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Every 3D print process is inherently done in layers, so the moment you have a surface that isn't horizontal in the machine you're going to probably notice some banding or stepping. About all you can do to minimize this is to use a process with thinner print layers. So you might be better off using FUD or FXD to get thinner print layers. But those are probably similar in cost to the hi-def acrylate and will also have some bumpies that would benefit from sanding or painting to smooth things out. (If you look at the hi-def acrylate threads you will see that other people are also sometimes getting banding on their prints.)

Materials such as raw brass that are cast from a wax 3D print will also have some print lines. Here's a good example from the brass materials page. This is raw brass casting and you can see some layers from the print lines in the wax. Of course the metal can be polished to a smoother finish but this may cause you to lose the details you are concerned about, and areas that are difficult to reach wouldn't be polished. Cast materials will also have a sprue point that is ground away after casting, and you never know where it will be placed or how severe the grinding may be to remove it.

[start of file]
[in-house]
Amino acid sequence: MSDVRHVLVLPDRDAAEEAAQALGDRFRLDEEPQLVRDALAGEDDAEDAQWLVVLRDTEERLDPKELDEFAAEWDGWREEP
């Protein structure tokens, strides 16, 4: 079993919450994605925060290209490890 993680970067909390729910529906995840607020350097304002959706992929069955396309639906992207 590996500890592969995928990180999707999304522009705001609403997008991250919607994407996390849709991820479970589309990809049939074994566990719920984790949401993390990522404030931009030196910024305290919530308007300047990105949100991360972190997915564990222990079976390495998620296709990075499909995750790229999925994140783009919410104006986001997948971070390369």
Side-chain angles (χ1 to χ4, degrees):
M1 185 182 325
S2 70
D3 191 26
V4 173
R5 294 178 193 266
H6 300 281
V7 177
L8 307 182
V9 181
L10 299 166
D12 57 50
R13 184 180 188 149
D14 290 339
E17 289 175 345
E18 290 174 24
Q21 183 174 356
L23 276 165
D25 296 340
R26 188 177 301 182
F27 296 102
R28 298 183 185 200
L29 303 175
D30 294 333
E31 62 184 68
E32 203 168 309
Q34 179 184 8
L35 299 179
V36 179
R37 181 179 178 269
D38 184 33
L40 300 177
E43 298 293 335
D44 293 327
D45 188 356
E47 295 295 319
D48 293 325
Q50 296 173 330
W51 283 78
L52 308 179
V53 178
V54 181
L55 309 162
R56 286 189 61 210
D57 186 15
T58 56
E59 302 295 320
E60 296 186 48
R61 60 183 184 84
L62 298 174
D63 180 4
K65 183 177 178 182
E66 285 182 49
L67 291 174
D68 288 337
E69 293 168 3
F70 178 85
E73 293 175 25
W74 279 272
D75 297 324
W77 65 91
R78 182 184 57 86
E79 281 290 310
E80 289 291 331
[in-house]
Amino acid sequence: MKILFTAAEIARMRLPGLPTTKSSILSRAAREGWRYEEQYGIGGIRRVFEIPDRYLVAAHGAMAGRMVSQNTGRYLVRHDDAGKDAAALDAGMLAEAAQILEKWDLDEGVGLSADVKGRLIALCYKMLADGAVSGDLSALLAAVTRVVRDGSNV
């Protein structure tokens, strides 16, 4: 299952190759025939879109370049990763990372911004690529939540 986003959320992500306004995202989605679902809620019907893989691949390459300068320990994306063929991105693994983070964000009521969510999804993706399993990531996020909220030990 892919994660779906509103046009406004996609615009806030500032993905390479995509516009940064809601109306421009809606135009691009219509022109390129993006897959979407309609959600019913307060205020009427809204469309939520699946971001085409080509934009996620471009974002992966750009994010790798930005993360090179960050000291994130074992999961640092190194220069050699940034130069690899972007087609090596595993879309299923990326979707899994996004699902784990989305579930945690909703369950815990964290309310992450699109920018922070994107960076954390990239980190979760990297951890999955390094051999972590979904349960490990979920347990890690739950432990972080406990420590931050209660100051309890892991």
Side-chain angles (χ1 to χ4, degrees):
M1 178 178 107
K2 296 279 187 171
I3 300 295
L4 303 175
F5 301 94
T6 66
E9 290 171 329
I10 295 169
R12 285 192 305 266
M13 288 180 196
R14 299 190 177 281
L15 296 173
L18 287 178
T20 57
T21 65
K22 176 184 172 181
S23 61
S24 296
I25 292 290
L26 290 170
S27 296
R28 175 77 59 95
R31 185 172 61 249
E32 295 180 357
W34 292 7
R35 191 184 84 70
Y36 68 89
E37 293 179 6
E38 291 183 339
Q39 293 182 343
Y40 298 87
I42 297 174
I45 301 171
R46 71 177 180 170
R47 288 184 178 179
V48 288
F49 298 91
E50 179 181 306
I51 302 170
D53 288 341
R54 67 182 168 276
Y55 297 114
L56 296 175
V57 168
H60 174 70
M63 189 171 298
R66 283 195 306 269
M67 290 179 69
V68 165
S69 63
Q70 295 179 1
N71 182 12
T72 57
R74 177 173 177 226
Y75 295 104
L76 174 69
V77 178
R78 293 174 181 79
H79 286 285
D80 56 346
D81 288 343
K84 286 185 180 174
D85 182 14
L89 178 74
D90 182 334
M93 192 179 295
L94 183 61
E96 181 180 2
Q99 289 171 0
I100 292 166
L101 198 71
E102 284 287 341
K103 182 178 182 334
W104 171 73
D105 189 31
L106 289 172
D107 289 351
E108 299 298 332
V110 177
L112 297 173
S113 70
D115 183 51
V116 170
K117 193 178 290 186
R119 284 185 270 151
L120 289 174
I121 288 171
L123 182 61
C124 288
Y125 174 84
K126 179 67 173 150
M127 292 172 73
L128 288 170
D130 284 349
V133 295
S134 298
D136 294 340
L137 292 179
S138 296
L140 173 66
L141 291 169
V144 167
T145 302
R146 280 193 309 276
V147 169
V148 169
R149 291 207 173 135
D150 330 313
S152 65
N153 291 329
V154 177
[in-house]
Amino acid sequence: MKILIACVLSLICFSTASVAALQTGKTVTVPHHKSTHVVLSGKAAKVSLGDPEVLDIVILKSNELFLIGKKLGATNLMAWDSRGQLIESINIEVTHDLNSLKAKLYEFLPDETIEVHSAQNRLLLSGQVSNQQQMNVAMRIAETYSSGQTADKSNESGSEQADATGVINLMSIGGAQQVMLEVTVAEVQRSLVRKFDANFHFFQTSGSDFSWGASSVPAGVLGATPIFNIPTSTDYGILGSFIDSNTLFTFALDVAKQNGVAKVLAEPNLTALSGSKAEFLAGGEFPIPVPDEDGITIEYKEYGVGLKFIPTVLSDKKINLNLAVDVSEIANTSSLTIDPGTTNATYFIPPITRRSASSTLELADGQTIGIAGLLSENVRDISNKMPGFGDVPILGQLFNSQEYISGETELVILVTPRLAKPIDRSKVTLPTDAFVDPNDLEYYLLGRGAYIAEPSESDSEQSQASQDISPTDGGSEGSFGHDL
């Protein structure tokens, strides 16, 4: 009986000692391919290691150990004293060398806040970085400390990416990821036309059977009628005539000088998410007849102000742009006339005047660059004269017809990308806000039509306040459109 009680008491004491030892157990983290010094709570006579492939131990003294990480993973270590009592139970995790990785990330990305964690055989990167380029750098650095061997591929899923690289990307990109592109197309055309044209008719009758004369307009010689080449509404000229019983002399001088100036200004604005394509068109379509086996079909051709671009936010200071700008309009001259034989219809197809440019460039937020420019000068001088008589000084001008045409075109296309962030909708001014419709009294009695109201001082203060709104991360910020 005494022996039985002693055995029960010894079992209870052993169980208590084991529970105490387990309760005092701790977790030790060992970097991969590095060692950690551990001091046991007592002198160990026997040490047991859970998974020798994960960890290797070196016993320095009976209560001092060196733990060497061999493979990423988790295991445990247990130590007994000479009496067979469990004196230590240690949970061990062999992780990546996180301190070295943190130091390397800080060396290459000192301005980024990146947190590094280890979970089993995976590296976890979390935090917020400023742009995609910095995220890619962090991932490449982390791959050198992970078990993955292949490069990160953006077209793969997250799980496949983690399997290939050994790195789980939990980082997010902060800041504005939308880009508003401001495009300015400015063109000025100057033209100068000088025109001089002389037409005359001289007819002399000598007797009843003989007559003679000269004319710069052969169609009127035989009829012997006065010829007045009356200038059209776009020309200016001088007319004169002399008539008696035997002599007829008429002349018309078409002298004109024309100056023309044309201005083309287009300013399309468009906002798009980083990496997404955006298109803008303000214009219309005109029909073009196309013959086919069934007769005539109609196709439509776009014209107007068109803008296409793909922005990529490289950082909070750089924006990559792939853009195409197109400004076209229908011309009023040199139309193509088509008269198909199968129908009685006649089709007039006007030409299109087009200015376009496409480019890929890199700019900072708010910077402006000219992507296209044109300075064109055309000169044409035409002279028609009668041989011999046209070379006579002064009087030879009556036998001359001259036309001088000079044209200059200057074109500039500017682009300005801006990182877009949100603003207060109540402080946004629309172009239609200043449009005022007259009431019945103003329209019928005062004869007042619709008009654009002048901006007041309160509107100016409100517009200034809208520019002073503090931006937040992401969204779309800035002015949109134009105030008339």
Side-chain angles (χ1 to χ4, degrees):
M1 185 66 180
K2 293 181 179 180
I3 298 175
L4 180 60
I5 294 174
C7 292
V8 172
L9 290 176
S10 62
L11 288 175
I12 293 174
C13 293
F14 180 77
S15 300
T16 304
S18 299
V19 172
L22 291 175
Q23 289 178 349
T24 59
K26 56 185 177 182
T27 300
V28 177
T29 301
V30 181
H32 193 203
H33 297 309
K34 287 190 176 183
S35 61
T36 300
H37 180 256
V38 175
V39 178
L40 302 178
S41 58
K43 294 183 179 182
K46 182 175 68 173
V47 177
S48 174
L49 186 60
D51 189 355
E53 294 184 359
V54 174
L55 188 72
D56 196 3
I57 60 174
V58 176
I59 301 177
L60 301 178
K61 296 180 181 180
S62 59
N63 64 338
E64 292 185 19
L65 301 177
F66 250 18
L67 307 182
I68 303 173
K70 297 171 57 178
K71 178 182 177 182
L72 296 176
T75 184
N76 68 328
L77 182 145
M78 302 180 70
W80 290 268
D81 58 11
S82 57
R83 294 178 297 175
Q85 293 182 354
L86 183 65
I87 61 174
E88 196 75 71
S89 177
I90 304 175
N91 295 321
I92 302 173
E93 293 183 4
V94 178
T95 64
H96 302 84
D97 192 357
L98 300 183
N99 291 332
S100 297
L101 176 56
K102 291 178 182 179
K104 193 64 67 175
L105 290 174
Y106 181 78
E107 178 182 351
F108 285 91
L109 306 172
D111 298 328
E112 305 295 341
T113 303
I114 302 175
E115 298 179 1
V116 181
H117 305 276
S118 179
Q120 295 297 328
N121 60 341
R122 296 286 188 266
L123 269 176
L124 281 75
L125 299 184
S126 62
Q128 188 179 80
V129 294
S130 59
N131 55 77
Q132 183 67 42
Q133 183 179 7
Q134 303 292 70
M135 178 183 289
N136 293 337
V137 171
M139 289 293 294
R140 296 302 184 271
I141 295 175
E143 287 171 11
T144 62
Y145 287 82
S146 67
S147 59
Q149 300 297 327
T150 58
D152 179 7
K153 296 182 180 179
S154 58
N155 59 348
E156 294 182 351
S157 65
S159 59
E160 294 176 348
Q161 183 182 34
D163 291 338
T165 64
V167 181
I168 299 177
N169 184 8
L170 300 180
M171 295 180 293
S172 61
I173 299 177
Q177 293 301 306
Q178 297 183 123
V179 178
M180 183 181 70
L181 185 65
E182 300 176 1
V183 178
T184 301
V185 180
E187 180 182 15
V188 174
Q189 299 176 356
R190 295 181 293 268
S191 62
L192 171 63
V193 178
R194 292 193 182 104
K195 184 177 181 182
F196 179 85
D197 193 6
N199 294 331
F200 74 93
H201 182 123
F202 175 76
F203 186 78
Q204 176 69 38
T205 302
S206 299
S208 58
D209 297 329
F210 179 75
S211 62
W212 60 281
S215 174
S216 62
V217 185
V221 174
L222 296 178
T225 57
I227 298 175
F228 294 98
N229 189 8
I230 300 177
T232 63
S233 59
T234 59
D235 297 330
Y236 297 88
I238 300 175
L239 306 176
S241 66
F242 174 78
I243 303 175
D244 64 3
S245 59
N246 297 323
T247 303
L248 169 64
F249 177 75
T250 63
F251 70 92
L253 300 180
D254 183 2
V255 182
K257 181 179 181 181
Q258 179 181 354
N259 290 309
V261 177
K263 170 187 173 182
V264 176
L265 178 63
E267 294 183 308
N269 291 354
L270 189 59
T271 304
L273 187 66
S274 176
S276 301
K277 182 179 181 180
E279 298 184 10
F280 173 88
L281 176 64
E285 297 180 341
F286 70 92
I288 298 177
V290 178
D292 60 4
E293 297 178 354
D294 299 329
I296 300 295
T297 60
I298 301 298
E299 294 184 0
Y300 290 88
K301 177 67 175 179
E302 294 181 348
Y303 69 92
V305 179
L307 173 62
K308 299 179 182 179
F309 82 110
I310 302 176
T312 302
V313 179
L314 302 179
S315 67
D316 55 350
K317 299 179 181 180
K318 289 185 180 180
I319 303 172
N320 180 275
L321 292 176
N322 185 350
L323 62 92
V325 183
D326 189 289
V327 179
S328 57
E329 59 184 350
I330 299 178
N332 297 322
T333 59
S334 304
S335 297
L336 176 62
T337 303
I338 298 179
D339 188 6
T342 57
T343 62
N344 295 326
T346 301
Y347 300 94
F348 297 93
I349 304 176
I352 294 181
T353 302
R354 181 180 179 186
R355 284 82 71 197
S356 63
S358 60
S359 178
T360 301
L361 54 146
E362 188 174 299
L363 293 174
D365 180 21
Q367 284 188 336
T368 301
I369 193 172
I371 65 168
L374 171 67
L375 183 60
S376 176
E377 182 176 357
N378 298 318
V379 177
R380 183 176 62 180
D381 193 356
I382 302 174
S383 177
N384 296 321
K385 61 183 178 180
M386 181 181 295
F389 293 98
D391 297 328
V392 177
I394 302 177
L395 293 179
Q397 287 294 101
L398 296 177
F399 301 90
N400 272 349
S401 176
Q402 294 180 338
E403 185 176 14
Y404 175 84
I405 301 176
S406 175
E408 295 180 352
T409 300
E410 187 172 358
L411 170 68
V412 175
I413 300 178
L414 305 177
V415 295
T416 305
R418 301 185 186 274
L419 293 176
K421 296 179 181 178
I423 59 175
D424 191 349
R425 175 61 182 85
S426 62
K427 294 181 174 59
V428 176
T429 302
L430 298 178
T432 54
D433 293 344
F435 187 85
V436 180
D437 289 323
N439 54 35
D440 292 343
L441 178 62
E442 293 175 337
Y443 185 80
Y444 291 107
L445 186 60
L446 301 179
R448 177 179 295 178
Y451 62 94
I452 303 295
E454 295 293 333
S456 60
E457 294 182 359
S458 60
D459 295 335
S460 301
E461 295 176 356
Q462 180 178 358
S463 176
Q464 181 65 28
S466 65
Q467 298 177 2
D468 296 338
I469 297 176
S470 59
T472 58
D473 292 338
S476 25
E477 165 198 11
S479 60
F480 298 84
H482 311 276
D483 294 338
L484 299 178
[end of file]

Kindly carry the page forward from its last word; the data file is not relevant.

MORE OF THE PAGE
Anyway, I'd consider trying FUD or FXD, and perhaps submitting a smaller test print with representative shapes and planes that will give you a better idea of what the processes might deliver before trying it with a big expensive print.
 Topic: water damage on 3d Sandstone print
Re: water damage on 3d Sandstone print [message #146901 is a reply to message #146832 ] Wed, 25 May 2016 02:14 UTC
avatar iero  is currently offline iero
Messages: 3
Registered: October 2015
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Junior Member
Hi Guys, see pic attached. Its a shame we just published an article in Hydro International talking about 3d print for science communication and promoting what we did with shape ways help (see attached). Any philanthropic help would be appreciated :)

Re: water damage on 3d Sandstone print [message #146948 is a reply to message #146901 ] Wed, 25 May 2016 05:26 UTC
avatar Ontogenie  is currently offline Ontogenie
Messages: 227
Registered: March 2014